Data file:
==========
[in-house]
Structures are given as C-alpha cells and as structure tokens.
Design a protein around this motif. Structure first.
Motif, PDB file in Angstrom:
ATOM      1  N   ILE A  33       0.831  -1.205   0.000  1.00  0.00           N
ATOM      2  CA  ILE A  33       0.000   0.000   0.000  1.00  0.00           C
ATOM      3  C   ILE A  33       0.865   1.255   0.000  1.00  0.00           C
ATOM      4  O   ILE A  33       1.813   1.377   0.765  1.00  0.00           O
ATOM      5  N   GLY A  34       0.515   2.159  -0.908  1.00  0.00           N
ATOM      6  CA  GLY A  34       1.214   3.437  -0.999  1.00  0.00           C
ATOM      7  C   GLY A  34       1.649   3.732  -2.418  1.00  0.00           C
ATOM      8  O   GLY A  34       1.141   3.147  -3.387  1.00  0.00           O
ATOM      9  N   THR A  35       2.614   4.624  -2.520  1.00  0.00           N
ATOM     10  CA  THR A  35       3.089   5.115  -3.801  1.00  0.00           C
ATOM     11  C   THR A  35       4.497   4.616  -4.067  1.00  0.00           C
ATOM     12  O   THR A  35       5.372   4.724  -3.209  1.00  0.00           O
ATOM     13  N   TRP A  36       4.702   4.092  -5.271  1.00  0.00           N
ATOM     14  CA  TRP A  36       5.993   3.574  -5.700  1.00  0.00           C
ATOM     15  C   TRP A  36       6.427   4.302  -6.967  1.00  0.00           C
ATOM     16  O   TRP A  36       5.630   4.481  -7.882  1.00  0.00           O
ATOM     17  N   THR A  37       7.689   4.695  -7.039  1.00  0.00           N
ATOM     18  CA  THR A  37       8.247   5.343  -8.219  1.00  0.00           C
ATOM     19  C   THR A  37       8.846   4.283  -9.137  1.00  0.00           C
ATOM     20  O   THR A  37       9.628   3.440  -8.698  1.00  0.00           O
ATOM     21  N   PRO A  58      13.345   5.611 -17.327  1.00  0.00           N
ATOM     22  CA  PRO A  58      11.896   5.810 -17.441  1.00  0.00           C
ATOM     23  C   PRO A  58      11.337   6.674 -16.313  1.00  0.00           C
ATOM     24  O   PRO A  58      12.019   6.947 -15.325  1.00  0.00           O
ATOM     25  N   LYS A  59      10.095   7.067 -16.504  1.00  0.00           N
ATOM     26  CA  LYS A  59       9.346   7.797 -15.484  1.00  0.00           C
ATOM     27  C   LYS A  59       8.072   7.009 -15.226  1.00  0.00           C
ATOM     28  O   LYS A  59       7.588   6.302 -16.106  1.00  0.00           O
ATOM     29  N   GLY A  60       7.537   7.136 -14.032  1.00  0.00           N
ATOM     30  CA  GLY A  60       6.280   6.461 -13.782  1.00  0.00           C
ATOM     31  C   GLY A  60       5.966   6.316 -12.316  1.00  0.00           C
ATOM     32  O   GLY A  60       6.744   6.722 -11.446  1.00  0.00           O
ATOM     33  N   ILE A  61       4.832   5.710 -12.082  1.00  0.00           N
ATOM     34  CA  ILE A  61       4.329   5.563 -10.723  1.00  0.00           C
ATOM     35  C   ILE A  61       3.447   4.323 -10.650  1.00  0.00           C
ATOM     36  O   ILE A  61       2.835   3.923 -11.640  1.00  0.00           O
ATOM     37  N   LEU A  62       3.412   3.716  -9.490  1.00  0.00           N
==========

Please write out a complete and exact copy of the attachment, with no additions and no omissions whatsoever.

[in-house]
Structures are given as C-alpha cells and as structure tokens.
Design a protein around this motif. Structure first.
Motif, PDB file in Angstrom:
ATOM      1  N   ILE A  33       0.831  -1.205   0.000  1.00  0.00           N
ATOM      2  CA  ILE A  33       0.000   0.000   0.000  1.00  0.00           C
ATOM      3  C   ILE A  33       0.865   1.255   0.000  1.00  0.00           C
ATOM      4  O   ILE A  33       1.813   1.377   0.765  1.00  0.00           O
ATOM      5  N   GLY A  34       0.515   2.159  -0.908  1.00  0.00           N
ATOM      6  CA  GLY A  34       1.214   3.437  -0.999  1.00  0.00           C
ATOM      7  C   GLY A  34       1.649   3.732  -2.418  1.00  0.00           C
ATOM      8  O   GLY A  34       1.141   3.147  -3.387  1.00  0.00           O
ATOM      9  N   THR A  35       2.614   4.624  -2.520  1.00  0.00           N
ATOM     10  CA  THR A  35       3.089   5.115  -3.801  1.00  0.00           C
ATOM     11  C   THR A  35       4.497   4.616  -4.067  1.00  0.00           C
ATOM     12  O   THR A  35       5.372   4.724  -3.209  1.00  0.00           O
ATOM     13  N   TRP A  36       4.702   4.092  -5.271  1.00  0.00           N
ATOM     14  CA  TRP A  36       5.993   3.574  -5.700  1.00  0.00           C
ATOM     15  C   TRP A  36       6.427   4.302  -6.967  1.00  0.00           C
ATOM     16  O   TRP A  36       5.630   4.481  -7.882  1.00  0.00           O
ATOM     17  N   THR A  37       7.689   4.695  -7.039  1.00  0.00           N
ATOM     18  CA  THR A  37       8.247   5.343  -8.219  1.00  0.00           C
ATOM     19  C   THR A  37       8.846   4.283  -9.137  1.00  0.00           C
ATOM     20  O   THR A  37       9.628   3.440  -8.698  1.00  0.00           O
ATOM     21  N   PRO A  58      13.345   5.611 -17.327  1.00  0.00           N
ATOM     22  CA  PRO A  58      11.896   5.810 -17.441  1.00  0.00           C
ATOM     23  C   PRO A  58      11.337   6.674 -16.313  1.00  0.00           C
ATOM     24  O   PRO A  58      12.019   6.947 -15.325  1.00  0.00           O
ATOM     25  N   LYS A  59      10.095   7.067 -16.504  1.00  0.00           N
ATOM     26  CA  LYS A  59       9.346   7.797 -15.484  1.00  0.00           C
ATOM     27  C   LYS A  59       8.072   7.009 -15.226  1.00  0.00           C
ATOM     28  O   LYS A  59       7.588   6.302 -16.106  1.00  0.00           O
ATOM     29  N   GLY A  60       7.537   7.136 -14.032  1.00  0.00           N
ATOM     30  CA  GLY A  60       6.280   6.461 -13.782  1.00  0.00           C
ATOM     31  C   GLY A  60       5.966   6.316 -12.316  1.00  0.00           C
ATOM     32  O   GLY A  60       6.744   6.722 -11.446  1.00  0.00           O
ATOM     33  N   ILE A  61       4.832   5.710 -12.082  1.00  0.00           N
ATOM     34  CA  ILE A  61       4.329   5.563 -10.723  1.00  0.00           C
ATOM     35  C   ILE A  61       3.447   4.323 -10.650  1.00  0.00           C
ATOM     36  O   ILE A  61       2.835   3.923 -11.640  1.00  0.00           O
ATOM     37  N   LEU A  62       3.412   3.716  -9.490  1.00  0.00           N